Matthews says his personality comes from his upbringing. His parents instilled that in him, but also his brother, Oshai Phillips.
He said he was 8 when Phillips died after battling cerebral palsy and scoliosis that left him severely disabled.
So he never takes his athleticism and abilities for granted. He sees Oshai’s name whenever he walks past the shelf his urn rests. His brother has been his inspiration.
“Every day I walk in to our house and I see his name on our shelf – it’s a big motivation for me to push myself,” Matthews said. “That’s my motivation, my push to keep going every day. I always think about that – it’s why I do what I do.”
And why he’ll take time for all those kids who flock to him after games.
“There was this little girl who has this big crush on him. She was crying after a game when he hugged her,” Matthews’ mother, April Phillips said. “It’s just – he’s inspiring these kids and he wants to be a good role model for them.
“I think so much of who he is comes from his brother. It changes the way you look at people and human beings. It comes from a different space in your heart.”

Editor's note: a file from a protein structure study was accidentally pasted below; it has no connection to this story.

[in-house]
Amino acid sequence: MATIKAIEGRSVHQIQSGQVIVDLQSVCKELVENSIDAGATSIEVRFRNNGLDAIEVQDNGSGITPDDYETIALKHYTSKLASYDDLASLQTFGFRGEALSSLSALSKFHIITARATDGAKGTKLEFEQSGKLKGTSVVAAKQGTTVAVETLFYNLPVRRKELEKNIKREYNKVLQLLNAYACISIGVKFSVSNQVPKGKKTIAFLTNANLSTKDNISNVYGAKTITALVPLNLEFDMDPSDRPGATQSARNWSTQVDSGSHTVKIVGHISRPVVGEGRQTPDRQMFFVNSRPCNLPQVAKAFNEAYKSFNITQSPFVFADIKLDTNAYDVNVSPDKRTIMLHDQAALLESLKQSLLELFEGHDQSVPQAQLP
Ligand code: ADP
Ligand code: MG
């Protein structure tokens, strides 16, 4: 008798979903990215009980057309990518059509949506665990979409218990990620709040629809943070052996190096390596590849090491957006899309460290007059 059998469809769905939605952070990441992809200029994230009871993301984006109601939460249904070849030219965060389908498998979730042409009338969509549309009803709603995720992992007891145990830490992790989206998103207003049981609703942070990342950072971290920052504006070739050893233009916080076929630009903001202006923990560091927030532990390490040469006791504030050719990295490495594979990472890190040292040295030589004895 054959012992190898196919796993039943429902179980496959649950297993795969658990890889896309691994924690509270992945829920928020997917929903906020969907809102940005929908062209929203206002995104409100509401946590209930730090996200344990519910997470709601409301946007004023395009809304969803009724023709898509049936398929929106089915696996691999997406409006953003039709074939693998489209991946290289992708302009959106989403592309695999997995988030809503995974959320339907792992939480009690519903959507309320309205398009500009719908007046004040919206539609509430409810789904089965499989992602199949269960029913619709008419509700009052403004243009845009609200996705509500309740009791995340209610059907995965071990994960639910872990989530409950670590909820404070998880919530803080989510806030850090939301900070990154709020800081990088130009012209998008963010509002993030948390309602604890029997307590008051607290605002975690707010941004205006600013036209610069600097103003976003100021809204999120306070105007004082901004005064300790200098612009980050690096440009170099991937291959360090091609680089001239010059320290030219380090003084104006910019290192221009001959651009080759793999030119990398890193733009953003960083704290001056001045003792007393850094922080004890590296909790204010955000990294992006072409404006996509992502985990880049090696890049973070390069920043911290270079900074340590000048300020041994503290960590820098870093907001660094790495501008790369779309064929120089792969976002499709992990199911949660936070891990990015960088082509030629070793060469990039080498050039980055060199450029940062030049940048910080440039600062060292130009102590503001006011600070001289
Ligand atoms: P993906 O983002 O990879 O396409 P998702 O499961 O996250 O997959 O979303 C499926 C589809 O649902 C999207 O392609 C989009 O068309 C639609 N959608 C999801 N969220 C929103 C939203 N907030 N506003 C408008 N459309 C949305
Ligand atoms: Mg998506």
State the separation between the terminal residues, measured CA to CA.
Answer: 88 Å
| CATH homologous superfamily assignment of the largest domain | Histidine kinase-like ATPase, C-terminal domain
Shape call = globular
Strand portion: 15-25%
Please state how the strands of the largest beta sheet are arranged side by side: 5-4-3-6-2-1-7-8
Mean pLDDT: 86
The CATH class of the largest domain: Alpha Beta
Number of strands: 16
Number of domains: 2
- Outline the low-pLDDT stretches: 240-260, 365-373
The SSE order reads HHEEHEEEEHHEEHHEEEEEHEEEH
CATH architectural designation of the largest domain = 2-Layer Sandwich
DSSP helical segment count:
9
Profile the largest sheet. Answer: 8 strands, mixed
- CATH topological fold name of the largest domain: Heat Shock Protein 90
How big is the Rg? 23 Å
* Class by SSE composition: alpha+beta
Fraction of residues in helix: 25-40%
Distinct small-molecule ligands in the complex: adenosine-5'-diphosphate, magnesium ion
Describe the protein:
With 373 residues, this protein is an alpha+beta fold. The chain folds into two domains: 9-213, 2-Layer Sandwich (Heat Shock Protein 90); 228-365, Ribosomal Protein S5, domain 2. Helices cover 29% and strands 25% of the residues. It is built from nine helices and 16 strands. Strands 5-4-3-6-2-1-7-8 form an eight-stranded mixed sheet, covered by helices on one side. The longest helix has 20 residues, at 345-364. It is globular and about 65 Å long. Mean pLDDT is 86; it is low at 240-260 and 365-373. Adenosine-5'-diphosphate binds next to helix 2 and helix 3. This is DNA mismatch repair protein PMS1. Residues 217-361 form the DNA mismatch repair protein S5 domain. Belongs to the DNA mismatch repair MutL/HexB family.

If there’s a knock on Matthews, some coaches have said it’s a lack of a killer instinct, that he’s too nice.
Matthews’ AAU coach, Carl Howell, a former assistant with Eastern Washington and head coach at Tacoma Community College, said Matthews’ big heart is his strength, not a weakness.
“As a coach, I’d way rather have an unselfish guy than a selfish one,” Howell said. “I’ll say that right now and every coach in America will tell you that. There’s nothing worse than a selfish player. You can’t win with them, you just can’t.
“So that’s no fault against Emmitt. No way. And here’s the thing – Emmitt is a sweetheart of a kid. He’s got a great heart and he’s a good guy. But on the basketball court, the sky is the limit for him, man. There is no ceiling for him. It’s going to be really exciting to see him keep playing.”
His father, Emmitt Matthews Sr., was asked about that killer instinct. He recalls what his son did to end the season.
Matthews learned he broke his right hand after Wilson’s district tournament finale, just before heading to state for the third consecutive season. And it came just as he was turning it up for the playoffs – scoring 40 points with 13 rebounds against Central Kitsap and 31 points, 21 rebounds and four blocks against Kelso.
Matthews was told by one Tacoma doctor his season was over and he’d need a cast.